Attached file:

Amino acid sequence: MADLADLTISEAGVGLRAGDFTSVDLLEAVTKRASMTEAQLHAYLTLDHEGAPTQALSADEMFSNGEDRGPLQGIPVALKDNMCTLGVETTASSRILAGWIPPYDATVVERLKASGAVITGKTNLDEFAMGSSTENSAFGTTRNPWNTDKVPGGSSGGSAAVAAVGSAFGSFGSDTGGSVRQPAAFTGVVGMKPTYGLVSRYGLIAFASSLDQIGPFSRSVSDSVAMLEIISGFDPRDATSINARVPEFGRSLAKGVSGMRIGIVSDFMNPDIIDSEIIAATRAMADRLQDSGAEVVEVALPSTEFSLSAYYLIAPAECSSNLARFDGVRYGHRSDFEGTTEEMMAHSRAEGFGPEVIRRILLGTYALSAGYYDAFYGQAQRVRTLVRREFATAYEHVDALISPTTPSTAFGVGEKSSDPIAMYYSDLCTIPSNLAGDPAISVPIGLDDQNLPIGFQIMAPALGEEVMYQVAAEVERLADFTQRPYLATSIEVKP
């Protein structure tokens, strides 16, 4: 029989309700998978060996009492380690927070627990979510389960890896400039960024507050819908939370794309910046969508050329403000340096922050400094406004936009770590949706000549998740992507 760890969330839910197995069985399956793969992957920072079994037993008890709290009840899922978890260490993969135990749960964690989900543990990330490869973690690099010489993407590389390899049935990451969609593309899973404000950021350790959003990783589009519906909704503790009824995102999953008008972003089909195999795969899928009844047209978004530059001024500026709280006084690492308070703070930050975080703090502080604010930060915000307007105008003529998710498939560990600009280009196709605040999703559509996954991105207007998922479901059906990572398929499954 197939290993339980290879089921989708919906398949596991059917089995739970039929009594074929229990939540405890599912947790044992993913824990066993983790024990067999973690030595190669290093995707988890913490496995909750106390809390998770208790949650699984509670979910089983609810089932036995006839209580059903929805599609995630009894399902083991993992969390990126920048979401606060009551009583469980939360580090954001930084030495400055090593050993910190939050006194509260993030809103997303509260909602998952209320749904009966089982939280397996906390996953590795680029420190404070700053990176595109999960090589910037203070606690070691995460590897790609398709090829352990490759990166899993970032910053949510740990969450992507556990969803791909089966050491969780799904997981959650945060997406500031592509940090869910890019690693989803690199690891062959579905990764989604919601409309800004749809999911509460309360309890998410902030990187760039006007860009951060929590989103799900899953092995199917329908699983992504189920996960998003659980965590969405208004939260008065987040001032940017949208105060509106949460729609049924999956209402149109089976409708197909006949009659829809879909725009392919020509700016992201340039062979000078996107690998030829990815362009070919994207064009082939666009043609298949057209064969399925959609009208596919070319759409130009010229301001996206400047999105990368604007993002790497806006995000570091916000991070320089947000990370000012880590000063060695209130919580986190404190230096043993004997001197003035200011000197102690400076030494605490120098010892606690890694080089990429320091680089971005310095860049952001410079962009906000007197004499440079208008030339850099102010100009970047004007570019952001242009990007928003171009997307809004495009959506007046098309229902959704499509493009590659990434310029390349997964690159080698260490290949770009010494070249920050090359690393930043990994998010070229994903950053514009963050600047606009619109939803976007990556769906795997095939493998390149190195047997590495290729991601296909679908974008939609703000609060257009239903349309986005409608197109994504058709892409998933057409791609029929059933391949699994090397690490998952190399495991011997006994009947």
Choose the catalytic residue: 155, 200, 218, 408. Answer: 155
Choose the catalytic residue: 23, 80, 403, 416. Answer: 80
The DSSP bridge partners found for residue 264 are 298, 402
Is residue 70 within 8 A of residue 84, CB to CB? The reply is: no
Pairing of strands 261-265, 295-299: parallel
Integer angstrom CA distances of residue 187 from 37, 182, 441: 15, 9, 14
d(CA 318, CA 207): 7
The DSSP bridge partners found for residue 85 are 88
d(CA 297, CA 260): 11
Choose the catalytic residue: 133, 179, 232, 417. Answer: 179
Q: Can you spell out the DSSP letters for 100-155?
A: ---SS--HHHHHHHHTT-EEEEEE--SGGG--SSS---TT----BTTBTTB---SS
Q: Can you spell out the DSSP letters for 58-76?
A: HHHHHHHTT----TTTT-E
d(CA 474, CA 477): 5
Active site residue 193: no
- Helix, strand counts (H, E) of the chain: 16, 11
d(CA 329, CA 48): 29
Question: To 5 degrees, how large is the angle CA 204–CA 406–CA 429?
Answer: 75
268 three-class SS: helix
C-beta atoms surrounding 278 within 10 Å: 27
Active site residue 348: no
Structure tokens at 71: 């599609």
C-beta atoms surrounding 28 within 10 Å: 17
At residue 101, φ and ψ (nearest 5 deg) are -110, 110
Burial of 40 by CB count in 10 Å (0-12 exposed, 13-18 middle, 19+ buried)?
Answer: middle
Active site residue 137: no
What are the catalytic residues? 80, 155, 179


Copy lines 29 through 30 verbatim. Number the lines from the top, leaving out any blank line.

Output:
Burial of 40 by CB count in 10 Å (0-12 exposed, 13-18 middle, 19+ buried)?
Answer: middle